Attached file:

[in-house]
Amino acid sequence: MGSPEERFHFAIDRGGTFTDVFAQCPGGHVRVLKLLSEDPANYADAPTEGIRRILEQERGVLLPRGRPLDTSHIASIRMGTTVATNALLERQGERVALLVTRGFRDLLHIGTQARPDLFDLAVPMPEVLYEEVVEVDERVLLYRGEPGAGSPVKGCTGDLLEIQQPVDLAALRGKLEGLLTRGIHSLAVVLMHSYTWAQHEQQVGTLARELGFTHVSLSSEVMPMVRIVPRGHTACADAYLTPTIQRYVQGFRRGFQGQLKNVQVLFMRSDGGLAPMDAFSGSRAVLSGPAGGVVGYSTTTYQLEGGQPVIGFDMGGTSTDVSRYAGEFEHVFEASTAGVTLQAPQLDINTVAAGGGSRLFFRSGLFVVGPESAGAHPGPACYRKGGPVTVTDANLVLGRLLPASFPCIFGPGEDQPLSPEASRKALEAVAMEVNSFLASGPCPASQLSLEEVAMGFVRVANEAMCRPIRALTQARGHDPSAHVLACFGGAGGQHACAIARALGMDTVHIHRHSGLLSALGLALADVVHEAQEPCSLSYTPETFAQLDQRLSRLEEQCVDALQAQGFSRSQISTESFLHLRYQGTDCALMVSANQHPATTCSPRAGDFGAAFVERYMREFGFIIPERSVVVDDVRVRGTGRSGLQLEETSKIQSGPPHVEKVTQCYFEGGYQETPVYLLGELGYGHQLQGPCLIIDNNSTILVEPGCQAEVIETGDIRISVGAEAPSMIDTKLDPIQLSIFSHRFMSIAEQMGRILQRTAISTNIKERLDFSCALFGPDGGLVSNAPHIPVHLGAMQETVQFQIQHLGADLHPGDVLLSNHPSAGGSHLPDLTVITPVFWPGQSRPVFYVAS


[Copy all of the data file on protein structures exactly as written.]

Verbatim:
[in-house]
Amino acid sequence: MGSPEERFHFAIDRGGTFTDVFAQCPGGHVRVLKLLSEDPANYADAPTEGIRRILEQERGVLLPRGRPLDTSHIASIRMGTTVATNALLERQGERVALLVTRGFRDLLHIGTQARPDLFDLAVPMPEVLYEEVVEVDERVLLYRGEPGAGSPVKGCTGDLLEIQQPVDLAALRGKLEGLLTRGIHSLAVVLMHSYTWAQHEQQVGTLARELGFTHVSLSSEVMPMVRIVPRGHTACADAYLTPTIQRYVQGFRRGFQGQLKNVQVLFMRSDGGLAPMDAFSGSRAVLSGPAGGVVGYSTTTYQLEGGQPVIGFDMGGTSTDVSRYAGEFEHVFEASTAGVTLQAPQLDINTVAAGGGSRLFFRSGLFVVGPESAGAHPGPACYRKGGPVTVTDANLVLGRLLPASFPCIFGPGEDQPLSPEASRKALEAVAMEVNSFLASGPCPASQLSLEEVAMGFVRVANEAMCRPIRALTQARGHDPSAHVLACFGGAGGQHACAIARALGMDTVHIHRHSGLLSALGLALADVVHEAQEPCSLSYTPETFAQLDQRLSRLEEQCVDALQAQGFSRSQISTESFLHLRYQGTDCALMVSANQHPATTCSPRAGDFGAAFVERYMREFGFIIPERSVVVDDVRVRGTGRSGLQLEETSKIQSGPPHVEKVTQCYFEGGYQETPVYLLGELGYGHQLQGPCLIIDNNSTILVEPGCQAEVIETGDIRISVGAEAPSMIDTKLDPIQLSIFSHRFMSIAEQMGRILQRTAISTNIKERLDFSCALFGPDGGLVSNAPHIPVHLGAMQETVQFQIQHLGADLHPGDVLLSNHPSAGGSHLPDLTVITPVFWPGQSRPVFYVAS